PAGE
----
State Department ads began appearing this month in Jang, a widely circulated Pakistani newspaper, offering rewards for bin Laden, his lieutenant Ayman al-Zawahiri, Taliban leader Mullah Mohammad Omar and 11 other suspected terrorists. The ads have elicited an average of 12 responses a day, and will be followed by an advertising barrage on regional radio and TV stations in the borderlands and cities where al-Qaeda's chief might be hiding, according to the State Department.
U.S. reward offers were posted soon after 9/11, but officials concede that little effort was made to circulate the offers widely in the Afghan and Pakistan countryside. Even if a local knew of bin Laden's whereabouts, the informer would face daunting obstacles in contacting U.S. authorities.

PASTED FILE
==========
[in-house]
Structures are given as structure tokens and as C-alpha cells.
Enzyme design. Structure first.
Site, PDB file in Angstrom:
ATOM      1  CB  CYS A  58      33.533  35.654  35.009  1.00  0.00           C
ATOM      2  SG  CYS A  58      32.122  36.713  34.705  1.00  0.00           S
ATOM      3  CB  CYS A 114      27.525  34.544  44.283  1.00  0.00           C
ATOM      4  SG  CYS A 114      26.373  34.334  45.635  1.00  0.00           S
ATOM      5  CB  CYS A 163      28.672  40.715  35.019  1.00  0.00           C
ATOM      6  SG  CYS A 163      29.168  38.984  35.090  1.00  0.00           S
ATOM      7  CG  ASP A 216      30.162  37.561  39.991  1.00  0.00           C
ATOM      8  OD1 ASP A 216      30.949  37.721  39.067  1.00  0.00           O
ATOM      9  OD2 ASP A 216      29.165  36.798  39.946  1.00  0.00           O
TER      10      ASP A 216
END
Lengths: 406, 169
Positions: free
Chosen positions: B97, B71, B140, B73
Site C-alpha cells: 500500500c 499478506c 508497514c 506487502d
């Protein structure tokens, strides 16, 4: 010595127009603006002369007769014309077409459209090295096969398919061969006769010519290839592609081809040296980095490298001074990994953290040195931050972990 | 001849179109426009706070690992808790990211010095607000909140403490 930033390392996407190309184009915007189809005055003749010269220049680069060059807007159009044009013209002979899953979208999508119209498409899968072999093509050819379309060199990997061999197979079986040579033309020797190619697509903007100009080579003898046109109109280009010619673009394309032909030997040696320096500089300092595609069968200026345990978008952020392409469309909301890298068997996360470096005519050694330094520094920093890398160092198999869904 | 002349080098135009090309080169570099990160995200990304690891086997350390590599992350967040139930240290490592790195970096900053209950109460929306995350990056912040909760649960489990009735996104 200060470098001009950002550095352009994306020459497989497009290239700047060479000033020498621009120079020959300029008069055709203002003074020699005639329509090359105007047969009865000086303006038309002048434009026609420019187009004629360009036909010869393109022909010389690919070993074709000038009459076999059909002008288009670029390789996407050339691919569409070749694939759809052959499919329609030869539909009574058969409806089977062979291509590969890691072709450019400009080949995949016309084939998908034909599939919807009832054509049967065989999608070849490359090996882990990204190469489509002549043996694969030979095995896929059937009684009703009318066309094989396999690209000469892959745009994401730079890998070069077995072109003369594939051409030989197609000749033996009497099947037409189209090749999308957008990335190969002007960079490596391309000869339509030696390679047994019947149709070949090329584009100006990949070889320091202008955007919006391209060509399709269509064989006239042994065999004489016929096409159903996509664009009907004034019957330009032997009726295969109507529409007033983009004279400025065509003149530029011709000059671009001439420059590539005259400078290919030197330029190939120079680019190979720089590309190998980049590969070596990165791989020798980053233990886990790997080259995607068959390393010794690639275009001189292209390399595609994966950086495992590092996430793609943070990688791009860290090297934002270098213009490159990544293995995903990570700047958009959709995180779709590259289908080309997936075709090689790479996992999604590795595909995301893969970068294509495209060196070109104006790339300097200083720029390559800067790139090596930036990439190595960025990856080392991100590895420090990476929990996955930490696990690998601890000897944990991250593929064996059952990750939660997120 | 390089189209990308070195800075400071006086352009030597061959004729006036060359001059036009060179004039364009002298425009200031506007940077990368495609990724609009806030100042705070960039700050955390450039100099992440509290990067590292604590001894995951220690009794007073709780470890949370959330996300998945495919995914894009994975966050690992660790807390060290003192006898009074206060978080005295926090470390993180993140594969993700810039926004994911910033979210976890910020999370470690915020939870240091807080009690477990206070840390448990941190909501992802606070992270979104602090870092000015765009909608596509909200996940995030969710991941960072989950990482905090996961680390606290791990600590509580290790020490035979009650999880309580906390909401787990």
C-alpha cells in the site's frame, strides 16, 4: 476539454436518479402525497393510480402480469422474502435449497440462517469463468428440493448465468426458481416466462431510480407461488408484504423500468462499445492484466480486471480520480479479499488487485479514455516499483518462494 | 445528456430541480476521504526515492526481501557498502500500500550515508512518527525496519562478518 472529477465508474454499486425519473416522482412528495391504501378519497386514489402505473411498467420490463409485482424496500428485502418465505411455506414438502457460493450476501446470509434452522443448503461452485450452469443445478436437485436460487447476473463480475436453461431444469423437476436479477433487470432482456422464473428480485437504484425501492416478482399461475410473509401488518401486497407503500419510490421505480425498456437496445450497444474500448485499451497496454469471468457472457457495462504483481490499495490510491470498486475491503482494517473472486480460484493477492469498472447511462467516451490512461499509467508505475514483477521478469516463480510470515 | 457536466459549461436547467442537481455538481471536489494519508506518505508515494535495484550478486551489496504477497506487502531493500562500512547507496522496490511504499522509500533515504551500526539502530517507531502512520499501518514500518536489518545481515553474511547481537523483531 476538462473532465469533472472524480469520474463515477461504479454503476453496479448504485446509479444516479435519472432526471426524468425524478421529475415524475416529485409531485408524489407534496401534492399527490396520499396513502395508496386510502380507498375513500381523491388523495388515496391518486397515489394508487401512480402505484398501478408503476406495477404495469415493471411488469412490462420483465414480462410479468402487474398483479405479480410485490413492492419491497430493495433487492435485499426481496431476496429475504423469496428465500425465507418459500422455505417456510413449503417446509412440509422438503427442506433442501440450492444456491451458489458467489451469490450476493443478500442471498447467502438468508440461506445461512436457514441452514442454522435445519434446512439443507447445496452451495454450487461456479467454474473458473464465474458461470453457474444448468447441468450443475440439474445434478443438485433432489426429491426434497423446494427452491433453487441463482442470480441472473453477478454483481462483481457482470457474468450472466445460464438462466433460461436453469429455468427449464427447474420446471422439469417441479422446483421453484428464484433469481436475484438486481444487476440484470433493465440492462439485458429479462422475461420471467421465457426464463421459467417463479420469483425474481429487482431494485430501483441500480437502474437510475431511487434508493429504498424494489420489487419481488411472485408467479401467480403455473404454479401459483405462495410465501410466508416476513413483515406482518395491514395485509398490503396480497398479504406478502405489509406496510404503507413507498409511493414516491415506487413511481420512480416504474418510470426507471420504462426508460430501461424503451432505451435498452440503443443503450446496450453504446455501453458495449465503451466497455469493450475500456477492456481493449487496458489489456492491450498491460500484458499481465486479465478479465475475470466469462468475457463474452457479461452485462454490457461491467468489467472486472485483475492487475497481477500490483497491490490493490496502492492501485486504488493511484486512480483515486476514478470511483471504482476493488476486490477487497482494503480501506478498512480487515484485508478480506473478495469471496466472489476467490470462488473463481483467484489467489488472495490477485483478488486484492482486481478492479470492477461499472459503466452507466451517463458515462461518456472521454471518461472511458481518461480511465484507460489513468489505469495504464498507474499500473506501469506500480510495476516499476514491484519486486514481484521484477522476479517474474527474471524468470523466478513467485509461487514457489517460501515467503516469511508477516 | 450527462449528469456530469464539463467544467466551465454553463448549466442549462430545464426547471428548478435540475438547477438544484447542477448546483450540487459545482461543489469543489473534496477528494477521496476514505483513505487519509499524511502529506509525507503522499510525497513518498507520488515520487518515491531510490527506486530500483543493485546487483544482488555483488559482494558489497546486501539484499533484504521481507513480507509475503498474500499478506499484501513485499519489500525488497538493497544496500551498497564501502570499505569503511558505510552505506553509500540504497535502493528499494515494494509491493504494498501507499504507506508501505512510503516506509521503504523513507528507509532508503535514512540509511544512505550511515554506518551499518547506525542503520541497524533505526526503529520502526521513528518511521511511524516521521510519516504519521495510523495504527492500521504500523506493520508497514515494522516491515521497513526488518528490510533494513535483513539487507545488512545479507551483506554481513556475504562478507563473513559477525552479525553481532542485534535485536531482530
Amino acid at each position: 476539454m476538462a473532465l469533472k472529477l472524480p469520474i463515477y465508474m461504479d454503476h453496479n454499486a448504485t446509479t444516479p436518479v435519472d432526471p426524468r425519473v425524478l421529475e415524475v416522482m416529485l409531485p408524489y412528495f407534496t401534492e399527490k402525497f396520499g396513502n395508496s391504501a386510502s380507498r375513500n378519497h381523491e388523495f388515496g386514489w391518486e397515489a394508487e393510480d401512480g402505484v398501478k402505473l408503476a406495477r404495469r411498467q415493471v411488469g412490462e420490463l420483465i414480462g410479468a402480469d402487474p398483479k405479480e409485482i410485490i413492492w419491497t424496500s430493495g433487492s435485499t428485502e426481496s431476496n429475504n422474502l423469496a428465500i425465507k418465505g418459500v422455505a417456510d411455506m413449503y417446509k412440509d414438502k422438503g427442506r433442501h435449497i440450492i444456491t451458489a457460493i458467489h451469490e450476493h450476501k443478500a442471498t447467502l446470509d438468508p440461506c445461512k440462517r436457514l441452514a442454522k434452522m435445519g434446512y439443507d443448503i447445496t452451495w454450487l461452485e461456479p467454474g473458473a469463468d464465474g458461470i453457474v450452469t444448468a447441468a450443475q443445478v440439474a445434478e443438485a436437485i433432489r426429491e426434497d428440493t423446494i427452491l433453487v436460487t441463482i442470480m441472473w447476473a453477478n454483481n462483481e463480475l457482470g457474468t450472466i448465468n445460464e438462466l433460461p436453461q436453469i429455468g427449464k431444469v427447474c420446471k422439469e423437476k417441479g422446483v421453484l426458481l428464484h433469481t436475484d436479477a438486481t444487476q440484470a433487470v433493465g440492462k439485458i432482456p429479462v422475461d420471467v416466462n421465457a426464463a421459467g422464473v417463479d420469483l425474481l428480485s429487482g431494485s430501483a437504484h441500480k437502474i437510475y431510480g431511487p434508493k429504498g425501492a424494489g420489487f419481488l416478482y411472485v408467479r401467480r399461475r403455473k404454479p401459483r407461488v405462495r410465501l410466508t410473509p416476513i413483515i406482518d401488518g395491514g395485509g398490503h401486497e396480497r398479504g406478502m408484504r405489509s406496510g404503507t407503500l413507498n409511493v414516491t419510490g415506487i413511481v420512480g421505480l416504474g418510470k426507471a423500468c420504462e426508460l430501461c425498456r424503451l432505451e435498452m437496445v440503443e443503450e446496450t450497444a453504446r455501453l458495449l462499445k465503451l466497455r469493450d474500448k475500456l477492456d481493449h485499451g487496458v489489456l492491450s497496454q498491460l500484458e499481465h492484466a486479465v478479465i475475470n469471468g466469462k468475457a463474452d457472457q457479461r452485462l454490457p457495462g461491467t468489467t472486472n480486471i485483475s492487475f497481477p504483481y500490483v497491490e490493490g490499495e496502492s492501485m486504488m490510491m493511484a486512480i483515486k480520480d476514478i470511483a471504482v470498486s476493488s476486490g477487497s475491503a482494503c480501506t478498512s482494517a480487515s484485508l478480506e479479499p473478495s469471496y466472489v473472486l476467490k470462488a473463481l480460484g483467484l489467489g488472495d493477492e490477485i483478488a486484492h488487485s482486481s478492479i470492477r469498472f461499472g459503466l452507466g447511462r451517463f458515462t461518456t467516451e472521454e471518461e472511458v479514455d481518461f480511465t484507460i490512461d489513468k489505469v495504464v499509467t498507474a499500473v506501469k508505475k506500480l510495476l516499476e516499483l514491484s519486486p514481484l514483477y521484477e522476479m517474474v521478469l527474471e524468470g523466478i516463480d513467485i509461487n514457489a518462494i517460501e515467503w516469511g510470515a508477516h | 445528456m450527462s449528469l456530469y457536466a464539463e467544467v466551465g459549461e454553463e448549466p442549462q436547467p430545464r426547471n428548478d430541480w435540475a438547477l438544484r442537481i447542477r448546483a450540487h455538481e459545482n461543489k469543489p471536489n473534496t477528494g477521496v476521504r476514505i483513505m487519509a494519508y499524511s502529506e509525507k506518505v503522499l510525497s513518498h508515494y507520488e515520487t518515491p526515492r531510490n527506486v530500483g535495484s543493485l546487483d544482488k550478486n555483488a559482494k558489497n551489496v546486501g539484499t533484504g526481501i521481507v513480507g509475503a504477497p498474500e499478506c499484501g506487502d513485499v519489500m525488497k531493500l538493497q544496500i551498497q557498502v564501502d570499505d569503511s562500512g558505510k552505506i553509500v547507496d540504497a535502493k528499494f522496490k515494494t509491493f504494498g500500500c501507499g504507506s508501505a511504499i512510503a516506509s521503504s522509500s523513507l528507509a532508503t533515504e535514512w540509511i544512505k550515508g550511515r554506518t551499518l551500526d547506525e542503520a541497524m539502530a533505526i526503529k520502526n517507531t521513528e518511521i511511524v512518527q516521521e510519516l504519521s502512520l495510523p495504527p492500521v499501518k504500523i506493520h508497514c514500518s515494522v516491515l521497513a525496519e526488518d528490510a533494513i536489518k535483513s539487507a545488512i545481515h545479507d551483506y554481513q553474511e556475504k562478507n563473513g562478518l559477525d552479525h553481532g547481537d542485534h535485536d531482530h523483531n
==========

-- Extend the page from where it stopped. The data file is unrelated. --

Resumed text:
The newspaper ads, seen in Pakistani towns, signify a shift in the theory about where bin Laden might be. Congressman Mark Kirk, the Illinois Republican who wrote the bill boosting the reward and who just traveled to Pakistan, says it's possible bin Laden is not in some snowy mountain cave but has melted away into one of the teeming Pakistani cities, as had several other al-Qaeda agents who have been captured. "What we're looking for is some young Pashtun living in a town who knows the value of $25 million and can figure out how to reach us safely," says Kirk. He points out that the lure of a $30 million reward led to the capture and killing in Iraq of Saddam Hussein's sons Uday and Qusay.